Is Canada set to become the latest marijuana tourism destination? Some think not.
Justin Trudeau, Canadian Prime Minister, vows to legalize recreational cannabis “right away,” which already has some pot tourists talking about packing their bags and heading north—but hold steady, because the state of affairs is not confirmed just yet.
The problem with Trudeau’s ambitions, is that they are being hampered by a ton of red tape, regulations and tax rules. So much so, that experts say the legalization of pot in Canada is miles away still.
One thing that some people are questioning, is if making cannabis legal in Canada will really positively affect tourism as much as the prime minister thinks that it will. Because the USA is making such progress—and fast—there are questions as to the difference that it will make.
Bud and Breakfast offer vacation accommodations for travelers who are seeking a place to stay in which they can consume weed. The growing cannabis tourism industry in the USA shows that being able to stay in cannabis-friendly accommodations is really just another variable that travelers are looking to when they are booking accommodations.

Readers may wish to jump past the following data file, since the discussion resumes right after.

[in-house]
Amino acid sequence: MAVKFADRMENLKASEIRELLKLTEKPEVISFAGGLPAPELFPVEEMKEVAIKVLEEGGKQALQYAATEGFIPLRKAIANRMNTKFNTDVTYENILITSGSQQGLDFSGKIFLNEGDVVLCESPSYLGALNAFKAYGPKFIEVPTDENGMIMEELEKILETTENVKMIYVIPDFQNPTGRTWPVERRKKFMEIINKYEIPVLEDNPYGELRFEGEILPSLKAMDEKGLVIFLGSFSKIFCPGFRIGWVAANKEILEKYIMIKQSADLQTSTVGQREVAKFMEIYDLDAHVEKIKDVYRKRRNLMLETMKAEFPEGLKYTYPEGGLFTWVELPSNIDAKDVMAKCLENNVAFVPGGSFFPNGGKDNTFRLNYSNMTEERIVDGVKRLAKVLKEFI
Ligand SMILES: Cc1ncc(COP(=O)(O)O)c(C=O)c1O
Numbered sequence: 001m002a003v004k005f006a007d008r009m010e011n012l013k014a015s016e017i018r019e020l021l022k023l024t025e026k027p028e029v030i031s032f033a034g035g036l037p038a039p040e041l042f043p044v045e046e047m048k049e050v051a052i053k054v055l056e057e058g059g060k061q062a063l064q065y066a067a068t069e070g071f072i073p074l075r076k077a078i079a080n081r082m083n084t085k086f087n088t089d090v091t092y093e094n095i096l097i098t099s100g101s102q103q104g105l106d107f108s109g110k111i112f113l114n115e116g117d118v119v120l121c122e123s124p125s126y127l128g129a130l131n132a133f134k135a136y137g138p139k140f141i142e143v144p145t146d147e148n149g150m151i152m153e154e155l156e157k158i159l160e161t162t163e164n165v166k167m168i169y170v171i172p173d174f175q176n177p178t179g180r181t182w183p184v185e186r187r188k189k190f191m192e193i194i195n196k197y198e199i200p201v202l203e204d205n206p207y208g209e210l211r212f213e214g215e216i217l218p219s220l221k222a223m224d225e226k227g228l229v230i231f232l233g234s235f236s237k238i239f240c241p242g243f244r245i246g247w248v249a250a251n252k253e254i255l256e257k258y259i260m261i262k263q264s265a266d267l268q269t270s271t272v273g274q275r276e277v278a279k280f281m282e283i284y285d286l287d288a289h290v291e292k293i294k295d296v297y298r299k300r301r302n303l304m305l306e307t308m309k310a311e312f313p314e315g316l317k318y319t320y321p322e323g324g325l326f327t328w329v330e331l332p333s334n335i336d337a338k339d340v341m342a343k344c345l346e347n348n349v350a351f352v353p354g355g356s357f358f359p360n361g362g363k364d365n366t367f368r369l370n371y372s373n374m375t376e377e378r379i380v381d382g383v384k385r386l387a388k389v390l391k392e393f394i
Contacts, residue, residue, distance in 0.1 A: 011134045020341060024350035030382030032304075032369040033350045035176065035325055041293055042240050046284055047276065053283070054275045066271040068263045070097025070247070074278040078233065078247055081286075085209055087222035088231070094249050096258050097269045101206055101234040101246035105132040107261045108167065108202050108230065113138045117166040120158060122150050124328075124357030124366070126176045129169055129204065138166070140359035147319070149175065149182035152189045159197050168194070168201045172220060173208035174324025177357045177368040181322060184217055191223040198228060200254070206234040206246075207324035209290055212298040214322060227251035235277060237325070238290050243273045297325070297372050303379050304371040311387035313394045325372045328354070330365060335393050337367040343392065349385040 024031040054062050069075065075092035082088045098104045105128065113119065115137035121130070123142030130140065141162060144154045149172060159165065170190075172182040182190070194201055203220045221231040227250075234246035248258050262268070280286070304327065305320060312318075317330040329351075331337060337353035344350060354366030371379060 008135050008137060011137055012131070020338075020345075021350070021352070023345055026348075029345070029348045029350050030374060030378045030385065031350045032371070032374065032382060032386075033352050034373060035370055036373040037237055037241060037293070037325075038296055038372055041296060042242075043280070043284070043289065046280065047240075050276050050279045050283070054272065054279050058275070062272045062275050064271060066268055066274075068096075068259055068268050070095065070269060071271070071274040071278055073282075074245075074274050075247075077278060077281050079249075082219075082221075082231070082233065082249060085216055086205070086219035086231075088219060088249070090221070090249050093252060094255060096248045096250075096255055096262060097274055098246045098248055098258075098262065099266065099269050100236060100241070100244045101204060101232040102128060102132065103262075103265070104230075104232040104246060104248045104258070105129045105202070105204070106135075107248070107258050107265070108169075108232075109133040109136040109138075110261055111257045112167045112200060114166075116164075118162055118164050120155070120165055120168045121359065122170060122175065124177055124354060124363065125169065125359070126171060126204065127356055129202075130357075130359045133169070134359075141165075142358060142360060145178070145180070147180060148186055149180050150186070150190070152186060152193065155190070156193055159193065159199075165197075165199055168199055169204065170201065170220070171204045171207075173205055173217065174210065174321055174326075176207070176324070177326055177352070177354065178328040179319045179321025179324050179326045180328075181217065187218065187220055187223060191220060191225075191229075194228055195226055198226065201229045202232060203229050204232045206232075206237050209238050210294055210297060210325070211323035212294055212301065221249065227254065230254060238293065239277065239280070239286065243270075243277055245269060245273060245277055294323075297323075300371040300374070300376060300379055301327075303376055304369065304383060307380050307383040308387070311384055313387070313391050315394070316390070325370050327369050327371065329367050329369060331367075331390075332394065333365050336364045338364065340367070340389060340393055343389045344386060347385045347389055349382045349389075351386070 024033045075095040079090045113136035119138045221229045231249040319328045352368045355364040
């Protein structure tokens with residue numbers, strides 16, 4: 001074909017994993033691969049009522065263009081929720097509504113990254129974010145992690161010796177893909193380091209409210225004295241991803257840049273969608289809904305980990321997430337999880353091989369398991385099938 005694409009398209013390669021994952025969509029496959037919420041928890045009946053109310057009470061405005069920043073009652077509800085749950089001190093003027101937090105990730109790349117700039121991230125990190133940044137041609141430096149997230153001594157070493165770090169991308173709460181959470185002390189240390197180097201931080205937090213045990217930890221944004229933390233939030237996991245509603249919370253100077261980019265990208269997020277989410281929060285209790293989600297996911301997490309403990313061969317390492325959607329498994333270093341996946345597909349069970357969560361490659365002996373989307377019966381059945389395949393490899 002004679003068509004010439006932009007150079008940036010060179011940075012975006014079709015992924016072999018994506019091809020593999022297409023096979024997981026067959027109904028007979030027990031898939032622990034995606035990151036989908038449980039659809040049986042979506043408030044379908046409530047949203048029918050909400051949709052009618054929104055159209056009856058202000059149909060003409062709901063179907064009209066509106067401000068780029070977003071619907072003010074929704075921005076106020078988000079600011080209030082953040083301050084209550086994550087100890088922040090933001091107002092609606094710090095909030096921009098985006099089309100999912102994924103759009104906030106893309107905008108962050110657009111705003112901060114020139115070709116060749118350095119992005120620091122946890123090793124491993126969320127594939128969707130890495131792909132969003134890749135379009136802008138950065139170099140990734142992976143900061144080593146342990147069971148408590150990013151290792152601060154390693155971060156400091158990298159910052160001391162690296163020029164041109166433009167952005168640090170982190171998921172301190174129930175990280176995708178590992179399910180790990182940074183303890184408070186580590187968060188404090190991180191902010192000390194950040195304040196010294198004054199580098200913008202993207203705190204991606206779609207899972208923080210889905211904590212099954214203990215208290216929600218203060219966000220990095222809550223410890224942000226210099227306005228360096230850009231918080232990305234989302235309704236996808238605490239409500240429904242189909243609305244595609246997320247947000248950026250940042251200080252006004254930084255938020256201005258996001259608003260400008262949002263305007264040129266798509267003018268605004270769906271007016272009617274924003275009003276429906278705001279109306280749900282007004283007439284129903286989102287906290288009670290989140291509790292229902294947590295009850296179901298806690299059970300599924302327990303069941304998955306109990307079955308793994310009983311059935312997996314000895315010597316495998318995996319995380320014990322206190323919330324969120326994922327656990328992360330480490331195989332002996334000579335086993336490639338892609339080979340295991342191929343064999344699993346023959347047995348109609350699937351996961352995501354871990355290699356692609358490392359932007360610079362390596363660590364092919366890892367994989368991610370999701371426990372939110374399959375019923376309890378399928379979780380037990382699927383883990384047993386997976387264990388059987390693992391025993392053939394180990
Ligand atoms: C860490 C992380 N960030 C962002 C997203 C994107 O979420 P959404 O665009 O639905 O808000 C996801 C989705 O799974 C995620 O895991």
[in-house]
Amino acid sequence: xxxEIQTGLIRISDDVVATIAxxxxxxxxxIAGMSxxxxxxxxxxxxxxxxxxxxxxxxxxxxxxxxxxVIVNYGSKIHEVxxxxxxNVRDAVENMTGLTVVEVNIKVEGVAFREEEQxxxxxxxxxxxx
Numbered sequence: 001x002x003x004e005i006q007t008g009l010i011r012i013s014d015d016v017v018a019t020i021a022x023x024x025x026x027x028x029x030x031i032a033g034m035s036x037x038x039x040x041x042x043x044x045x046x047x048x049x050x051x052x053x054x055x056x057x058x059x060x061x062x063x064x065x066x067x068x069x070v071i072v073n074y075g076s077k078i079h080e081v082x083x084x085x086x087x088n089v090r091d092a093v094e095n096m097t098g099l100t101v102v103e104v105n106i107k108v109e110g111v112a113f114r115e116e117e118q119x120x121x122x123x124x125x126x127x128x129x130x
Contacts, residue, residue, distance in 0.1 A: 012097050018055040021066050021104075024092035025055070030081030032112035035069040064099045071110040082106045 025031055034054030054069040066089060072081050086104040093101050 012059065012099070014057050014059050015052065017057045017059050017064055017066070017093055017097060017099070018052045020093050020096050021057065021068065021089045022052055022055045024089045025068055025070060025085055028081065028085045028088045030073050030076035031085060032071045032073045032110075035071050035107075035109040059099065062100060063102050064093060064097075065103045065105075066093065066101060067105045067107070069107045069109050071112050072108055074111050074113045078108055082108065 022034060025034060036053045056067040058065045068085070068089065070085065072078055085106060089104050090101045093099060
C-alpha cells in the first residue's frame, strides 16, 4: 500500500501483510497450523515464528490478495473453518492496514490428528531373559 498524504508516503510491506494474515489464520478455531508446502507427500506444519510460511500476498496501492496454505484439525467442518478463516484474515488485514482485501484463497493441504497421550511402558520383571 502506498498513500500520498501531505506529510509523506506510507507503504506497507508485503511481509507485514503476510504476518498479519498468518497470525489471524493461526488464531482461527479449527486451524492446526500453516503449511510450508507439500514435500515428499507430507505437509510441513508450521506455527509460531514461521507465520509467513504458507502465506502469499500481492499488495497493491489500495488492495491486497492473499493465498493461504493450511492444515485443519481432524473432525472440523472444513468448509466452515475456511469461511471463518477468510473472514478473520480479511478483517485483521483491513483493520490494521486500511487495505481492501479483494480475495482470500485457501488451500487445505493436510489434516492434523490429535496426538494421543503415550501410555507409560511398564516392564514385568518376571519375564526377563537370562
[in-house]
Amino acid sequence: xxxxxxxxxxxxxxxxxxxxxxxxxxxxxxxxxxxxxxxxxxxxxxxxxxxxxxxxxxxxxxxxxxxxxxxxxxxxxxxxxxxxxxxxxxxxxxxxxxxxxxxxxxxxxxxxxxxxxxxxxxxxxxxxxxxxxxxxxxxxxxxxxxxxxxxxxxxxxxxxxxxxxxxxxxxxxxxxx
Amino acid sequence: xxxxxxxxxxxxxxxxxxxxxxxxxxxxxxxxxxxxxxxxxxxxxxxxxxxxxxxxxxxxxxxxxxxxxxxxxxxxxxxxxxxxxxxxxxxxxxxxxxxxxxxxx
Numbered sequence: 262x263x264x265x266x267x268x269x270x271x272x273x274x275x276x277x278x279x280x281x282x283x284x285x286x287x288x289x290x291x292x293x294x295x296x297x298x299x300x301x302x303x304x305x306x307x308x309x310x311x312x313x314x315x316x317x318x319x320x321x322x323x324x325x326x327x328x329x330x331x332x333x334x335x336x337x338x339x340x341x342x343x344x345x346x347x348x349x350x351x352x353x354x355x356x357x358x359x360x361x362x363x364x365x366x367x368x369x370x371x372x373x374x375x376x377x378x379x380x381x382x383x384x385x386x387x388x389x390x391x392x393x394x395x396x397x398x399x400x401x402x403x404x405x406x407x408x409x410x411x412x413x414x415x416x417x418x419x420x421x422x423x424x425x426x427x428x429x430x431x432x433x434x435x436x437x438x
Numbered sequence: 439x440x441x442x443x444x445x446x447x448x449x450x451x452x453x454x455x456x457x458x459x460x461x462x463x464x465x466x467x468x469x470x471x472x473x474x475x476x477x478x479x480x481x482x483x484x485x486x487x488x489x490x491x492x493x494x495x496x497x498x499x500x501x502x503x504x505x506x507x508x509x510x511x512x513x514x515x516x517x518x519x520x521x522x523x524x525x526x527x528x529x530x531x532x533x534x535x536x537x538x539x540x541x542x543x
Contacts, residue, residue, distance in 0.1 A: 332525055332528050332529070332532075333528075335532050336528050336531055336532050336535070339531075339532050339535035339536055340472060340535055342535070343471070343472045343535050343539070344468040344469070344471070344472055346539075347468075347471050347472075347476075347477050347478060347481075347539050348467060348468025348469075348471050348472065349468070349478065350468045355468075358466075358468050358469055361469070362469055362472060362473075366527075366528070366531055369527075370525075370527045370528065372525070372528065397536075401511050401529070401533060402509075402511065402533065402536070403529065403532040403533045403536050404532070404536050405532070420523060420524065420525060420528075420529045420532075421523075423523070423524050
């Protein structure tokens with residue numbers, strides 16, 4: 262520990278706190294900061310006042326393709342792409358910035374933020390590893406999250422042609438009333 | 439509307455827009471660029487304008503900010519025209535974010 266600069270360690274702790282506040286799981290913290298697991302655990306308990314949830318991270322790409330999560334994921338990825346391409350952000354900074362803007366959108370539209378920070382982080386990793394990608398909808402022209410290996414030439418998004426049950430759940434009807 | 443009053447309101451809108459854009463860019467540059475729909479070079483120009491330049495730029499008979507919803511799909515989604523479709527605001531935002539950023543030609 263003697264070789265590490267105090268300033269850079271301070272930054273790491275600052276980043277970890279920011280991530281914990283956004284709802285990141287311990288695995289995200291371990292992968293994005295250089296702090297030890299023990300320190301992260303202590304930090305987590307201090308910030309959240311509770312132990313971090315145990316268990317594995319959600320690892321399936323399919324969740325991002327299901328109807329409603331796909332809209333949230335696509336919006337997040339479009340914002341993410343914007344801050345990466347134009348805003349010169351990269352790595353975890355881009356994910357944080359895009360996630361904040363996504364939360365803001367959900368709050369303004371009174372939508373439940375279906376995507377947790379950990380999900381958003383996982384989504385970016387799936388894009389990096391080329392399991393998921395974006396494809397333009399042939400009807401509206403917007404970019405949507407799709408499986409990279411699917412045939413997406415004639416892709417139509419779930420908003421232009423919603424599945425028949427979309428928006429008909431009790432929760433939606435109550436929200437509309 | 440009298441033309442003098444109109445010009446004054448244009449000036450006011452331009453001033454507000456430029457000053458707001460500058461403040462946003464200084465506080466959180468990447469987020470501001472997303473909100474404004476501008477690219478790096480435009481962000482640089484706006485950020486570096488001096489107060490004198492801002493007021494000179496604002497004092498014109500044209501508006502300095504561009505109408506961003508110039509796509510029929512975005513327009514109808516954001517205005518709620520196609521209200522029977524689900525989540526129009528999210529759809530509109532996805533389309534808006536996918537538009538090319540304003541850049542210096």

Since the sharing economy opened the gates to options other than traditional hotels, today’s leisure traveler has more choice. Some people chose to consume marijuana, other people chose not to, and having options for every travelers wants is important.
Cannabis in Canada is currently only legal for medial use—and it is very tightly controlled in a system that is overlooked by Health Canada. The potential revenue that making marijuana legal for recreational use could bring to Canada is what is really driving the push to legalization.
It is estimated that up to $5 billion Canadian (that is the same as about $3.77 billion in US dollars) would be brought in each year. That stands for massive tax revenue.